It’s not unusual for them to see them here, but representatives for the Trout River Fish Company say they’ve never seen one this big.
Even though the catch was one to remember, it brings to light a problem that can affect the amount and cost of seafood that you buy.
The Asian tiger shrimp is an invasive species to the St. Johns that eats meat and is impacting the ecosystem here on the First Coast. That has shrimpers worried.
“We’ve been in this business for 57 years,” said Kaleigh Rhodes with the Trout River Fish Company.
The company has seen a lot of customers, but over the years their competition isn’t the shop down the street.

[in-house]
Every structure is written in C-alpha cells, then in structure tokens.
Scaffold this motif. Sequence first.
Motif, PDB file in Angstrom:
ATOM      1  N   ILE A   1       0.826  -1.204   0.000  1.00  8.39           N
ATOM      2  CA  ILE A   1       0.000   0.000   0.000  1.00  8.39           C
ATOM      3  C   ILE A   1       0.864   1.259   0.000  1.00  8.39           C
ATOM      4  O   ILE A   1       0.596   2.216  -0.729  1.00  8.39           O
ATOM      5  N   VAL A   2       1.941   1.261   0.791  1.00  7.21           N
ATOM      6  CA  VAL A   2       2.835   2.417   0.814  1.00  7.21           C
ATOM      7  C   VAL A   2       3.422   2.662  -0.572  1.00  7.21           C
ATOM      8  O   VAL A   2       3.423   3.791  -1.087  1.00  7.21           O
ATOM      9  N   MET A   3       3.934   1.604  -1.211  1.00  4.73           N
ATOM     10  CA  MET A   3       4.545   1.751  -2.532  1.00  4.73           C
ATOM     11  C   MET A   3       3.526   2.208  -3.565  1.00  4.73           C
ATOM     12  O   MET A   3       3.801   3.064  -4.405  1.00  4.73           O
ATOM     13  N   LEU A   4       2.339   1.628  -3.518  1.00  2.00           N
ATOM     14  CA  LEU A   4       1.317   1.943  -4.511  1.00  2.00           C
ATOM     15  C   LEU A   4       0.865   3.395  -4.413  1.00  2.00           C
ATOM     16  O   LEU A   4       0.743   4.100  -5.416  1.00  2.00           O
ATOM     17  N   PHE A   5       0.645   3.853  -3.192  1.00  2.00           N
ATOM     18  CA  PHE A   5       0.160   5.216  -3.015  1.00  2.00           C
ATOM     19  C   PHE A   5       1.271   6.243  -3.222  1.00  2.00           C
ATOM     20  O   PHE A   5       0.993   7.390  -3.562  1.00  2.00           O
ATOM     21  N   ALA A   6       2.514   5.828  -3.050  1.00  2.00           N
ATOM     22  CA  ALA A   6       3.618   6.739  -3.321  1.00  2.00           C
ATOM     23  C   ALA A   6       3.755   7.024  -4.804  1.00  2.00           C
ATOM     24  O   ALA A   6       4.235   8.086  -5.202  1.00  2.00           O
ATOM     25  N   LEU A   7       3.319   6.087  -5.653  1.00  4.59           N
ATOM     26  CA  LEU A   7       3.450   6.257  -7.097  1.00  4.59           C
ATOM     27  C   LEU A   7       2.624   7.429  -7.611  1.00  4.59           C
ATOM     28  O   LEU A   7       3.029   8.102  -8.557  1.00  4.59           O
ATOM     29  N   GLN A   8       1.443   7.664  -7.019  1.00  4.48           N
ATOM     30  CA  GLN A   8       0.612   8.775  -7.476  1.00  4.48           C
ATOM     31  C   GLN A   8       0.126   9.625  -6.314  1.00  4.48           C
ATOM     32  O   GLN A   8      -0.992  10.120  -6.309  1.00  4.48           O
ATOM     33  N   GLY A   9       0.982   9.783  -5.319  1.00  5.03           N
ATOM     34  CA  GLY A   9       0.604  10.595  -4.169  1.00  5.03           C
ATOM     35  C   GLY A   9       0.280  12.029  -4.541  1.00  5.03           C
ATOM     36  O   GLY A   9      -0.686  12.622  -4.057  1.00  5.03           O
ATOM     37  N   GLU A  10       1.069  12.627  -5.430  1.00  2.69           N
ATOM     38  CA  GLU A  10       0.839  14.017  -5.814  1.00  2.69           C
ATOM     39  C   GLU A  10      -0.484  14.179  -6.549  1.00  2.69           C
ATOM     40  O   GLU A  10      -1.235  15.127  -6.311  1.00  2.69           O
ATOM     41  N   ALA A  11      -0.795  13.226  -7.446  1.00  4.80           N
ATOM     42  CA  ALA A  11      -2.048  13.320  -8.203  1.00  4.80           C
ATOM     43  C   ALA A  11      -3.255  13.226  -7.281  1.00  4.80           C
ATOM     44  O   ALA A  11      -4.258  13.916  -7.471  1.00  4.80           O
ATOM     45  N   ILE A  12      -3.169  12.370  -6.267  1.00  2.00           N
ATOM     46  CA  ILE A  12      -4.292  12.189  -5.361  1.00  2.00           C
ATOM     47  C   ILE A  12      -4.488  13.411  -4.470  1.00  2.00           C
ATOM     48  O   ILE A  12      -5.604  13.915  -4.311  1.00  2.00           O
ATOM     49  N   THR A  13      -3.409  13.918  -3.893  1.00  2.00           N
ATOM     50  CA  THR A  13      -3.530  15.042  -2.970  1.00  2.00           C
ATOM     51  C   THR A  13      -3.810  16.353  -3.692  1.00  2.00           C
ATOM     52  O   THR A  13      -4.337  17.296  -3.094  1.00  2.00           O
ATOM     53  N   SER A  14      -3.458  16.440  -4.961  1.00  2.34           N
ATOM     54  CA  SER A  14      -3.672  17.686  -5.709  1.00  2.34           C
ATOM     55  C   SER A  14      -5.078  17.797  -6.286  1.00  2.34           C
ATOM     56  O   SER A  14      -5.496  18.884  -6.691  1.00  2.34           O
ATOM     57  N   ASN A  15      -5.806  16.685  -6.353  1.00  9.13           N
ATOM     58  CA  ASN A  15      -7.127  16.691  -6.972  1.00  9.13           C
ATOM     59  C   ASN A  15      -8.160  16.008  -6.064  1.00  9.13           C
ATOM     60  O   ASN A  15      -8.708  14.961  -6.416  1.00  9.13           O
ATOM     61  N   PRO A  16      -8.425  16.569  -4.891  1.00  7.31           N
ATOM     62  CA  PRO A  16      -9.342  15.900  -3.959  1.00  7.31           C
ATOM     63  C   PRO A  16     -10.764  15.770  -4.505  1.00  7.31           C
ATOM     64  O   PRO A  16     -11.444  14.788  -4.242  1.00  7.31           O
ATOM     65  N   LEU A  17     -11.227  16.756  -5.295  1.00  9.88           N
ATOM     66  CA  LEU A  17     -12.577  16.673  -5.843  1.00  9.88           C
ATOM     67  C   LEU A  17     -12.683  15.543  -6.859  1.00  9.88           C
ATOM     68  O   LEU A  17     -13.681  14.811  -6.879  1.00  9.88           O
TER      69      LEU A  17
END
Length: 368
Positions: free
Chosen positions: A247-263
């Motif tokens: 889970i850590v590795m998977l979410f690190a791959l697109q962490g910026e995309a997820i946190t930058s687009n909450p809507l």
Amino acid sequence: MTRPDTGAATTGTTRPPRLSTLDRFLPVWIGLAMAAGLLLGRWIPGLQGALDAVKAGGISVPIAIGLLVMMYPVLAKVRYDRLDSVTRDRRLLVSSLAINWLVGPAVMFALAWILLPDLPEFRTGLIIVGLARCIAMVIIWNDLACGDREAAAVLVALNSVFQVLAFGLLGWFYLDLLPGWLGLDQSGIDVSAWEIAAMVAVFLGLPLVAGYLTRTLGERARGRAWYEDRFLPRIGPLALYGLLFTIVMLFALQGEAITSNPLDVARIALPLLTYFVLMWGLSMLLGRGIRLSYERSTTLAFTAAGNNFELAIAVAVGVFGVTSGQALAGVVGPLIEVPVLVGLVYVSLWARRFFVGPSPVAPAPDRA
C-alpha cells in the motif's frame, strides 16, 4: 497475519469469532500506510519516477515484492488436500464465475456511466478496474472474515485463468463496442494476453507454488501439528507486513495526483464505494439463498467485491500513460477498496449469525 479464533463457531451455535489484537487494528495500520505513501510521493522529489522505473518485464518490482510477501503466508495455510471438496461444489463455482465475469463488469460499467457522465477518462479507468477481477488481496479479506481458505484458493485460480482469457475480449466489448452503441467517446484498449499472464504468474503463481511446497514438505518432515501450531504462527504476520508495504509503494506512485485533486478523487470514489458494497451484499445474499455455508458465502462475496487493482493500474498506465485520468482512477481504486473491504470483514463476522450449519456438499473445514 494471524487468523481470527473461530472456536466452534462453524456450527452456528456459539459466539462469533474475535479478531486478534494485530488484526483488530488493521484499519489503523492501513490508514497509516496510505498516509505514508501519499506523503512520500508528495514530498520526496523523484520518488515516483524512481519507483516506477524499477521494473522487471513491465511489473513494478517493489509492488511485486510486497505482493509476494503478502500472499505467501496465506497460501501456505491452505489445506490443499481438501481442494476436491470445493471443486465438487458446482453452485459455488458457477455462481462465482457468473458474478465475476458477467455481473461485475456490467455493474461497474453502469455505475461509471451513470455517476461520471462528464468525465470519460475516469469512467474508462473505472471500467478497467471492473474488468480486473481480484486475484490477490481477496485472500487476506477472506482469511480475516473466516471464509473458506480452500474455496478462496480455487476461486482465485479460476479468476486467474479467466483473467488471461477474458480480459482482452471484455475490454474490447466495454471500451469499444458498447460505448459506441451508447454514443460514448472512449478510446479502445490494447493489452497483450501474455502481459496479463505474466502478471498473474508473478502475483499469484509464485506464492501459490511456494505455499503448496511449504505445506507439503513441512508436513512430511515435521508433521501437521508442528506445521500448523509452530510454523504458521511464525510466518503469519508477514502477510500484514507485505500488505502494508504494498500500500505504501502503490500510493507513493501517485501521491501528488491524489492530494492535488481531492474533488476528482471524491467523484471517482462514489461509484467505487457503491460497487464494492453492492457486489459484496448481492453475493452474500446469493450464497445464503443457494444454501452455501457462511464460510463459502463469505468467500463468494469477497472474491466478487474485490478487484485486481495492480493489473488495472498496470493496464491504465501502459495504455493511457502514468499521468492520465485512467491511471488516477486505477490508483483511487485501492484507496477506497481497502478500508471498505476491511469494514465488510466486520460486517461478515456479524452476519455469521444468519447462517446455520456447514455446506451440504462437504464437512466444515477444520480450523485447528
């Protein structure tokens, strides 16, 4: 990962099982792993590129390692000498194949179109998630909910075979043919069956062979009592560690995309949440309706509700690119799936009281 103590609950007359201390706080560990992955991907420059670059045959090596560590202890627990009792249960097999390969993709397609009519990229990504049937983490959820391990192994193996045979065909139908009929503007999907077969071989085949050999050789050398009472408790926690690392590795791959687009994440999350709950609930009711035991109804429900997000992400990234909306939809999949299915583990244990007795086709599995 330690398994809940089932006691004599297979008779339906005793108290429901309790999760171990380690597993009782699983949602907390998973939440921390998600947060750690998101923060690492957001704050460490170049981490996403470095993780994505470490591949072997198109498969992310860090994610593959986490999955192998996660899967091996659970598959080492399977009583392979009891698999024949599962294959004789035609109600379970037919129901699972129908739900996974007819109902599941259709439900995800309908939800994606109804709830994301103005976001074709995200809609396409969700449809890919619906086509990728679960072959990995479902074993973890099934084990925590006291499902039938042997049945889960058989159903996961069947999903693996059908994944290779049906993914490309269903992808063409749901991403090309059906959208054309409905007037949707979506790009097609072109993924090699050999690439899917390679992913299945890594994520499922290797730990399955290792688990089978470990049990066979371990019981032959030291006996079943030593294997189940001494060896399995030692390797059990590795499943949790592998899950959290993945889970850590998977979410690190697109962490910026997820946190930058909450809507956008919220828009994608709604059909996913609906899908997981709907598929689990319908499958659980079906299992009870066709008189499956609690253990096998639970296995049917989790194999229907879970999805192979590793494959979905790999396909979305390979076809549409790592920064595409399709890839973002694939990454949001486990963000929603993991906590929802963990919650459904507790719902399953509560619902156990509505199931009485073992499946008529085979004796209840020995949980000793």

“They got a big playground, a large playground,” said Robin Emmett.
Emmett’s talking about Asian tiger shrimp.
“We do catch them, but to see one that is 12 inches long is rare,” said Rhodes.
And it’s something that no shrimper wants to see in their net.
“They are aggressive, they are meat eaters and they would love to eat on our shrimp,” said Emmett.
These shrimpers say they are seeing more of them; but not quite this big.
“Nothing nowhere near that size, not even if they are even half as big as this one, that’s a huge shrimp.”
Emmett says the invasive shrimp are a threat to local shrimpers’ supply, but recognizes that a catch this big will probably only happen once in a lifetime.
“They put out nets and drag them for about 30 minutes and see what the catch brings,” he said. “This one here brought an oddity.”